Nig (Julian Arahanga), a young Māori gang member, in a scene from the wonderful, troubling Once Were Warriors.
Although we always sell ourselves as being pan-cultural and 100% globalized, we do, actually, suffer a little bit from favoritism. And one country for which we have an inordinate amount of fondness is New Zealand. Ah, New Zealand! Land of Sam Neill, sheep, Tolkien stuff and wine! Oh, New Zealand! Heady blend of Pacific island cultures! Huzzah, New Zealand! The stark beauty of the landscapes, the glorious Māori art, the penguins in the south, Xena: Warrior Princess, and the Zen retreat-esque vibes of peace and serenity! The only problem with New Zealand (apart from how shamelessly expensive books are there; I mean, really, what is up with that?) is that it's just so darned remote. You have to really want to go there in order to immerse yourself in glorious Kiwi goodness, as the trip is several planes away from, well, everywhere.
However, you can always take the second best option: watch a movie.
Once Were Warriors was sold to us repeatedly by Kiwis and non-Kiwis alike as being the Ultimate Kiwi Film. We were skeptical, as we were pretty sure that the absolutely brilliant The Piano (starring Sam Neill, music by Michael Nyman, for the love of God) is the end-all, be-all Kiwi film. How, we thought, could anything possibly top that? Then of course there are those who say Whale Rider is great (we haven't seen it), and you have the the rabidly insane Lord of the Rings fanbase to contend with. Could Once Were Warriors really compete? And could it top them all?
The haka scene: one of our favorite moments.
Grace (Mamaengaroa Kerr-Bell) and best mate Toot (Shannon Williams).
Well, the answer is: yes, it competes. We still consider The Piano a better-made film, and we enjoyed it more, but Once Were Warriors is an important film, with a stark, heartbreaking look at a little-known demographic: the modern Māori community. Indeed, it is because of its content that Once Were Warriors is so good.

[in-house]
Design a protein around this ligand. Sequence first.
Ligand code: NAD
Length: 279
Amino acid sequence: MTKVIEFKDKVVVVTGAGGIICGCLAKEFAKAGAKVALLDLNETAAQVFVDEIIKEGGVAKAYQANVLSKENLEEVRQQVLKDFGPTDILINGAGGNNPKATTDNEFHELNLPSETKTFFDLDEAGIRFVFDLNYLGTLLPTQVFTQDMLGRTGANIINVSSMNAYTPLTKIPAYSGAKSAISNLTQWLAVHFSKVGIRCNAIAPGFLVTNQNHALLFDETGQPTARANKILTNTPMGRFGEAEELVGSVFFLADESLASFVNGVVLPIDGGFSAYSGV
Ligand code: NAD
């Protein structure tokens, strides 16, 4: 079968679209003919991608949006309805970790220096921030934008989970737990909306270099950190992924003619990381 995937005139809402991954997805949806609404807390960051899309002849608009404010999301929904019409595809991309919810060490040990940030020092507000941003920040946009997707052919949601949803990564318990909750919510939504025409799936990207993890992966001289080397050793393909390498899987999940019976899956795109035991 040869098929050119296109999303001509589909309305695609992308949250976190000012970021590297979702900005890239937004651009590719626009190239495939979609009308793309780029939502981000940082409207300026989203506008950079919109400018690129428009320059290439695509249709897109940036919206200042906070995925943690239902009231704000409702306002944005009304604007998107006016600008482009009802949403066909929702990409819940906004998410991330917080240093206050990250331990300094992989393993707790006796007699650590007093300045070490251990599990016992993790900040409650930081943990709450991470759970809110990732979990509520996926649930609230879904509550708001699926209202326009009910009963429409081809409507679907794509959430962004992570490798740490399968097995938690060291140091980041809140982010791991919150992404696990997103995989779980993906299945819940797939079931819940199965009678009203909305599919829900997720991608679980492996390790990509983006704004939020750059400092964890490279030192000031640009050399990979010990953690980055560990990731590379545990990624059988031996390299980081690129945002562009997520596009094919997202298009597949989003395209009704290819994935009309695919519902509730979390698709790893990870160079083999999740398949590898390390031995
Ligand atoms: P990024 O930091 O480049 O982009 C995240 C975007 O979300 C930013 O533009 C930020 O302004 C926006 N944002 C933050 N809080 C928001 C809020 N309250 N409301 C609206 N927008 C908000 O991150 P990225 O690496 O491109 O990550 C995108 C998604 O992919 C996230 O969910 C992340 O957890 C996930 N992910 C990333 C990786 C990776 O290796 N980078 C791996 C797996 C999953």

Essentially a typical Dickensian tale of poor families with evil fathers, it takes place in and around the run-down home of the Heke family. Father Jake (Temuera Morrison, i.e. Jango Fett) is a violent, sexual, hard-drinking man who's recently been laid off. He holds wife, Beth (Rena Owen), in a high-intensity love/hate affair filled with extreme swings of abuse and seduction. Meanwhile, their five children are struggling to keep it all together, each in their own way. Eldest son Nig (Julian Arahanga) has recently joined a Māori gang, while second son Boogie (Taungaroa Emile) is arrested for a petty crime and put into a boy's home. Daughter Grace (Mamaengaroa Kerr-Bell) is the family's peacemaker and solid core: she cares deeply for her siblings and goes to great lengths to protect them, especially in the moments when their mother can't.
Some blunt visuals.
The film is brutal and brief (only 99 minutes), and it's also very straightforward. Much of the dialogue, family dynamics and plot points are well-worn clichés in the genre of the Hardcore Troubled Working Class Home Life Film. Indeed, so inured are we to these staples that our emotional reactions were often quite muted - more muted than they should have been, given how awful some of the scenes were. (And, importantly, even if it's a cliché in film, that doesn't mean it doesn't happen in real life.) The filmmaking style was also blunt, even at times sledgehammery: a quick cut from Jake beating Beth to a snarling dog hunting through scraps, a mother's tormented wail fading into the shriek of a passing ambulance's siren. This is a far cry from, for example, A Guide to Recognizing Your Saints, which takes an equally tired tale - except this time set in the Bronx - and, through nuance and post-modern presentation, makes it fresh and new. Once Were Warriors' freshness lies almost entirely in the uniqueness of the context (as we said): the modern Māori community in New Zealand.
A great shot: Grace and her mother (Rena Owen).
Indeed, the links back to Māori culture and community had the strongest effect on us: the electrifying scenes of Boogie learning to do the haka, Beth's nostalgic memories of life in the traditional community, the scenes where Nig joins the gang and emerges with his new facial tattoos. These moments were beautiful and very affecting.
On the one hand, the film could be about any family anywhere suffering from alcoholism, poverty and domestic abuse - taken that way, the film fails to make much of an impact, with poor writing and shaky acting. But on the other hand, the film is an incisive look into how modernization, colonization and globalization affect traditional cultural practices: in particular, what it means to be Māori in the 21st century. Taken that way, the film is a powerful and heartbreaking portrayal. Given also that Pacific island cultures are terribly underrepresented in modern filmmaking, Once Were Warriors is that much more significant.